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Steinberg, David S.
Seleccin del micro hbitat acutico por Norops oxylophus (Polychrotidae) en San Luis, Costa Rica
Riparian microhabitat selection by Norops oxylophus (Polychrotidae) in San Luis, Costa Rica
Microhabitat studies of anoline lizards have traditionally measured small-scale characteristics, such as perch height and perch diameter. Riparian anoles, however, may inhabit a more complex environment,
since they are in direct contact with rivers or streams; thus, a broader spectrum of variables, particularly those related to river qualities, may be necessary to garner a greater understanding of microhabitat choice in these lizards. In this study, I examine microhabitat selection by Norops oxylophus in relation to both traditional variables and three river variables in the San Luis Valley, Costa Rica. Results show that male lizards prefer higher perches (mean = 0.900 0.301 m, N = 12) than do females (mean = 0.192 0.152 m, N = 13) or juveniles (mean = 0.338 0.337 m, N = 31), while females prefer wider perches (mean = 0.138 0.067 m; N = 5) than do other lizards. Also, N. oxylophus in general seem to prefer riverside sites that are wider and deeper (meanwidth = 3.077 1.375 m, meandepth = 0.183 0.062 m, N = 56) than are unoccupied riverside sites (mean width = 1.852 0.748 m, meandepth = 0.138 0.137 m, N = 56). This study supports the hypothesis that factors related to rivers influence riparian anole microhabitat selection.
Las investigaciones del micro hbitat en las lagartijas (Polychrotidae: Anolinae) usualmente se le miden las caractersticas como la altura de percha y el dimetro de percha. Las lagartijas acuticas, sin embargo, pueden habitar en un ambiente ms complejo porque ellas estn en contacto directo con los ros y quebradas; as que, un espectro mas ancho de las variables puede ser necesario para tener una mejor comprensin de la seleccin del micro hbitats en estas lagartijas. En esta investigacin, yo examin la seleccin del micro hbitat en Norops oxylophus en relacin a variables tpicas y algunas variables del ro en el Valle de San Luis, Costa Rica.
Text in English.
Lizards--Behavior--Costa Rica--Puntarenas--San Luis
Environmental impact analysis
Lagartijas--Comportamiento--Costa Rica--Puntarenas--San Luis
Analisis del impacto ambiental
Tropical Ecology 2007
Ecologa Tropical 2007
Lagartijas (Polychrotidae: Anolinae)
t Monteverde Institute : Tropical Ecology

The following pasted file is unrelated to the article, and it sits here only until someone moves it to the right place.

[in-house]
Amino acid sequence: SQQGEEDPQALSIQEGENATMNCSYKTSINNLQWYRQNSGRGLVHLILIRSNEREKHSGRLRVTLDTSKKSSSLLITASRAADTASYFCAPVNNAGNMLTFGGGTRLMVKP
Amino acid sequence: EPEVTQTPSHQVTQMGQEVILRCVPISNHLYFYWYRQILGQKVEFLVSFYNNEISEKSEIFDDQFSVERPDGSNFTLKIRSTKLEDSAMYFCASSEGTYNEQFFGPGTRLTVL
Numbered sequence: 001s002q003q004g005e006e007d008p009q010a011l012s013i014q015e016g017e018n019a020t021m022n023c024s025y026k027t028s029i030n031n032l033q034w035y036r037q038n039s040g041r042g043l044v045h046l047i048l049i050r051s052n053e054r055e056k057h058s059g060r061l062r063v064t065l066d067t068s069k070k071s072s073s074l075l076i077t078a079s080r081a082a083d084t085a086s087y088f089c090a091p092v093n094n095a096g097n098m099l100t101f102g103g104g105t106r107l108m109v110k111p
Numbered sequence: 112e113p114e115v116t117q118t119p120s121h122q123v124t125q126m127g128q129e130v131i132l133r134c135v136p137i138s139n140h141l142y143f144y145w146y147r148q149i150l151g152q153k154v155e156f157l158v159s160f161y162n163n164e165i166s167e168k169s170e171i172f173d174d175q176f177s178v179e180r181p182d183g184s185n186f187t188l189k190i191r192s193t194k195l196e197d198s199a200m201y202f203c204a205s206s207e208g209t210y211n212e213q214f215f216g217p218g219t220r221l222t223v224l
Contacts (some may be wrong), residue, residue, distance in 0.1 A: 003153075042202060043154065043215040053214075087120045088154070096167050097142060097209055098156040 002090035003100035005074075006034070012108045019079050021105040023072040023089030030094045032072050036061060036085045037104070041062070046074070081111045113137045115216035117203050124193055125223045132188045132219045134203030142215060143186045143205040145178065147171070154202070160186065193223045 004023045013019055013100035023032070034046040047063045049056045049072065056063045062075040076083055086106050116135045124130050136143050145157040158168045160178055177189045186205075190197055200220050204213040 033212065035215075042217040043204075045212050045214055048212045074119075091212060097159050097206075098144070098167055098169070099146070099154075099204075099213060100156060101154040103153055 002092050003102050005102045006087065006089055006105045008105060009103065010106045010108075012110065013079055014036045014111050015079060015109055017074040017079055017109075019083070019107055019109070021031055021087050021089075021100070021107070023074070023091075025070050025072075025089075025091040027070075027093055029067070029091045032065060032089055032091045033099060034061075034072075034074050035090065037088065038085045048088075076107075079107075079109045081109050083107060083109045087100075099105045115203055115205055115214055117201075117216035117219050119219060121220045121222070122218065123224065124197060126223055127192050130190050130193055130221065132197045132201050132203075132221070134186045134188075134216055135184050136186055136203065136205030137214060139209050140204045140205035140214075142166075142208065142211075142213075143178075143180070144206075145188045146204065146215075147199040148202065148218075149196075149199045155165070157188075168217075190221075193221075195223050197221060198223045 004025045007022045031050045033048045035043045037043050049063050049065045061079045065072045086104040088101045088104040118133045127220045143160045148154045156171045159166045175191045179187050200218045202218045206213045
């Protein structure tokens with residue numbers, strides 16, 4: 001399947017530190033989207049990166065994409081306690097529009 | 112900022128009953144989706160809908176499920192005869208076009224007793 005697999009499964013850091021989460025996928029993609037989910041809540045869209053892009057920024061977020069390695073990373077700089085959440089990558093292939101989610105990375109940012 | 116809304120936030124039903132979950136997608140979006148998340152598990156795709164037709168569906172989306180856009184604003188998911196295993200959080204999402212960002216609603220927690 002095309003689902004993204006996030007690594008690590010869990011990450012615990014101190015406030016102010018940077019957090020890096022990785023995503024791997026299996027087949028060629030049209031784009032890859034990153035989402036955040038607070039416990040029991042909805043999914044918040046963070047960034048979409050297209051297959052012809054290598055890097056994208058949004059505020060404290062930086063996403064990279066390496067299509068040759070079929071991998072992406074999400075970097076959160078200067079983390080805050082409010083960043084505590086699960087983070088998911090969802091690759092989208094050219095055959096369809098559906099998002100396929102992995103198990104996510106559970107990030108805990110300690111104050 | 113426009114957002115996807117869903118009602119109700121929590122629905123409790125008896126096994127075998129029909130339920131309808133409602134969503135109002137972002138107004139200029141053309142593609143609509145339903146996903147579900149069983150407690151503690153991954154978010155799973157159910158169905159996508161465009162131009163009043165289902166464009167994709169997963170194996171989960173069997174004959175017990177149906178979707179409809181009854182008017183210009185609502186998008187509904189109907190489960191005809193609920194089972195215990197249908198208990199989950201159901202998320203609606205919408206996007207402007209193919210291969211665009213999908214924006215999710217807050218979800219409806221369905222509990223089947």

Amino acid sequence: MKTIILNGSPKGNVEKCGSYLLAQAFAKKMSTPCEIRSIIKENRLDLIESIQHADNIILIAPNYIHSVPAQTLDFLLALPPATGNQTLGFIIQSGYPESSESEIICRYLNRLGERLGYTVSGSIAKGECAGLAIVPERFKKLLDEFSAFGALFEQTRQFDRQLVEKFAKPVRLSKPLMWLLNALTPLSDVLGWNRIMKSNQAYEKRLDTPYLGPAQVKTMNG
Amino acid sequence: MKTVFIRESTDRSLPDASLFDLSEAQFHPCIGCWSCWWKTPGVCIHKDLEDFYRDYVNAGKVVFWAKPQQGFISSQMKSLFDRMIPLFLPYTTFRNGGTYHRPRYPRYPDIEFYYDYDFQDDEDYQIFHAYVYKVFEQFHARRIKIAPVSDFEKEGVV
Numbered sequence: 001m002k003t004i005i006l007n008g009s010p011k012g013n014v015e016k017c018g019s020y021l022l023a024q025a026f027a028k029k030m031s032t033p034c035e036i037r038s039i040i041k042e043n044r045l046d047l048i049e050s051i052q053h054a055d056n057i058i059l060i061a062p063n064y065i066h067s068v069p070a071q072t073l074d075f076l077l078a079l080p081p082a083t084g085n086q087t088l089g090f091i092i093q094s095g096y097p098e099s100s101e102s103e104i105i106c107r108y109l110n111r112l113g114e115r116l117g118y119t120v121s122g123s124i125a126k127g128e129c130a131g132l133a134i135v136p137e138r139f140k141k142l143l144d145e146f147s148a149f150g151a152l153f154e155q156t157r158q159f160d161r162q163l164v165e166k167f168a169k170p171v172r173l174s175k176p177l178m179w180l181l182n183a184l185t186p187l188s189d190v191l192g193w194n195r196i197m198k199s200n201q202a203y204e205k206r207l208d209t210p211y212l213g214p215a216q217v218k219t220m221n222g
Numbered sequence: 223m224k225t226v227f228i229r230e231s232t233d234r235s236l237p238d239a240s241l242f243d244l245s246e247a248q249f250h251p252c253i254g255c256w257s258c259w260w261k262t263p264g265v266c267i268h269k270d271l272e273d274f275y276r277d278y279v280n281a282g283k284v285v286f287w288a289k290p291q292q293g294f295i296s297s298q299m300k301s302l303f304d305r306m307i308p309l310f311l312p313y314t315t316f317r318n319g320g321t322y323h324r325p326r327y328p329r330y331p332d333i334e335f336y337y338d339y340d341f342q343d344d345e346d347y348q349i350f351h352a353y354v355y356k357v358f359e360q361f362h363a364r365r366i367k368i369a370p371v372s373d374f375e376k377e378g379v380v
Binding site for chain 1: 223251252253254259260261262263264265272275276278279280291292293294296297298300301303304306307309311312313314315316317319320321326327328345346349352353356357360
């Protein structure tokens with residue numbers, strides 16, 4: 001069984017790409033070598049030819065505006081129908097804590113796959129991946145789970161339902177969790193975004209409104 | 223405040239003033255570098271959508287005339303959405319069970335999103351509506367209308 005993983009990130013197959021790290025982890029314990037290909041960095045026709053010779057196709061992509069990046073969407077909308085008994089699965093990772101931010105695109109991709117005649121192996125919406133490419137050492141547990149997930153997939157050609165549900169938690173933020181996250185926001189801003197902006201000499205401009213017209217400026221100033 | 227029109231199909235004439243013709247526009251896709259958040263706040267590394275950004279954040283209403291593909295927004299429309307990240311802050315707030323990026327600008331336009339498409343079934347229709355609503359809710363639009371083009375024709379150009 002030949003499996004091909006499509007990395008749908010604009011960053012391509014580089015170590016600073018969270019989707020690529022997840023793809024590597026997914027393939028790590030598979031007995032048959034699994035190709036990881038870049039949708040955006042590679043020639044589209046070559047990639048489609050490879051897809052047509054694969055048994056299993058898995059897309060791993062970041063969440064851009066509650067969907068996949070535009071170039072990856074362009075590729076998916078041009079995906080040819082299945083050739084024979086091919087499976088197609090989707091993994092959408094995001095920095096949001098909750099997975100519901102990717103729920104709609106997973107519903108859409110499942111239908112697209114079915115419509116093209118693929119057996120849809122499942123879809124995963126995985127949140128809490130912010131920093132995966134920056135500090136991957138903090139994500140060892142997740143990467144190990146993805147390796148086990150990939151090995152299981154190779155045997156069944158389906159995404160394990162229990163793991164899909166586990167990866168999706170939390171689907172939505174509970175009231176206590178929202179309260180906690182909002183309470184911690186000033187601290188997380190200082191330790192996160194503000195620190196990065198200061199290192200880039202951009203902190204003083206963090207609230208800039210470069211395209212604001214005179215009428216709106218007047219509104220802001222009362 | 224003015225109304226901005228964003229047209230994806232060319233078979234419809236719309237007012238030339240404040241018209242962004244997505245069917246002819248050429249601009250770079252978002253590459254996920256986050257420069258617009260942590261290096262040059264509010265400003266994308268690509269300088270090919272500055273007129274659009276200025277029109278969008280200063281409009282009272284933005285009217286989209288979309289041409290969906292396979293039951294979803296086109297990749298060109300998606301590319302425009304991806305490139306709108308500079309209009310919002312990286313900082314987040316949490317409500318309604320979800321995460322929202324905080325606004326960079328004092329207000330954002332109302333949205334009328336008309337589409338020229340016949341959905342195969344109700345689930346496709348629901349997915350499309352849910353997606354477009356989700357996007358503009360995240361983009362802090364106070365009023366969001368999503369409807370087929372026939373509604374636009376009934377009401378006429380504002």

1 Riparian microhabitat selection by Norops oxylophus (Polychrotidae) in San Luis, Costa Rica David S. Steinberg Department of Biological Sciences, Vanderbilt University ABSTRACT Microhabitat studies of anoline lizards have traditionally measured small scale characteristics, such as perch height and perch diameter. Riparian anoles, however, may inhabit a more complex environment, since they are in direct contact with rivers or streams; thus, a broader spectrum of variables, particularly those related to river qualities, may be necessary to garner a greater understanding of microhabitat choice in these lizards. In this study, I examine microhabitat selection by Norops oxylophus in relation to both traditional variables and three river variables in the San Luis Valley, Costa Rica. Results show that male lizards prefer higher perches (mean = 0.900 0.301 m, N = 12) than do females (mean = 0.192 0.152 m, N = 13) or juveniles (mean = 0.338 0.337 m, N = 31) while females prefer wider perches (mean = 0.138 0.067 m; N = 5) than do other lizards. Also, N. oxylophus in general seem to prefer riverside sites that are wider and deeper ( mean width = 3.077 1.375 m, mean depth = 0.183 0.062 m, N = 56) than are unoccupied riverside sites (mean width = 1.852 0.7 48 m, mean depth = 0.138 0.137 m, N = 56) This study supports the hypothesis that factors related to rivers influence riparian anole microhabitat selection. RESUMEN Las investigaciones de microhÂ‡bitat en lagartijas (Polychrotidae: Anolinae) usualmente miden caracterÂ’sticas como la altura de percha y el diÂ‡metro de percha. Las largartijas aquÂ‡ticas, sin embargo, pueden habitar un ambiente mÂ‡s complejo porque ellas estÂ‡n en contacto directo con rÂ’os y quebradas; asÂ’ que, un espectro mÂ‡s ancho de variables puede ser necesario para tener una major comprensiÂ—n de la selecciÂ—n de los microhÂ‡bitates en estas lagartijas. En esta investigaciÂ—n, yo examinÂŽ la selecciÂ—n de microhÂ‡bitat en Norops oxylophus en relaciÂ—n a variables tÂ’picas y algunas variables de rÂ’o e n el Valle de San Luis, Costa Rica. Los resultados indican que los machos prefieren perchas mÂ‡s altas (promedio = 0.900 0.301 m, N = 12) que las hembras (promedio = 0.192 0.152 m, N = 13) o los jÂ—venes (promedio = 0.338 0.337 m, N = 31), mientras las hembras (promedio = 0.138 0.067 m; N = 5) prefieren perchas mÂ‡s anchas que los otros estadios. TambiÂŽn, N. oxylophus en general parece preferir sitios ribereÂ–os que son mÂ‡s anchos y profundos (promedio anchura = 3.077 1.375 m, promedio profundidad = 0.1 83 0.062 m, N = 56) que otros sitios (promedio anchura = 1.852 0.748 m, promedio profundidad = 0.138 0.137 m, N = 56). Esta investigaciÂ—n apoya la hipÂ—tesis que los factores relacionados con los rÂ’os influyen en la selecciÂ—n de los microhÂ‡bitates en la s lagartijas aquÂ‡ticas. INTRODUCTION Anoline lizards have long served as a model system for the study of such diverse topics as convergent evolution (e.g., Leal et al. 2002), adaptive radiation (e.g., Warheit et al. 1999), behavioral ecology (e.g., Leal and Rodriquez Robles 1995), and microhabitat selection (e.g., Scott et al. 1976). The last theme, microhabitat selection, is of extreme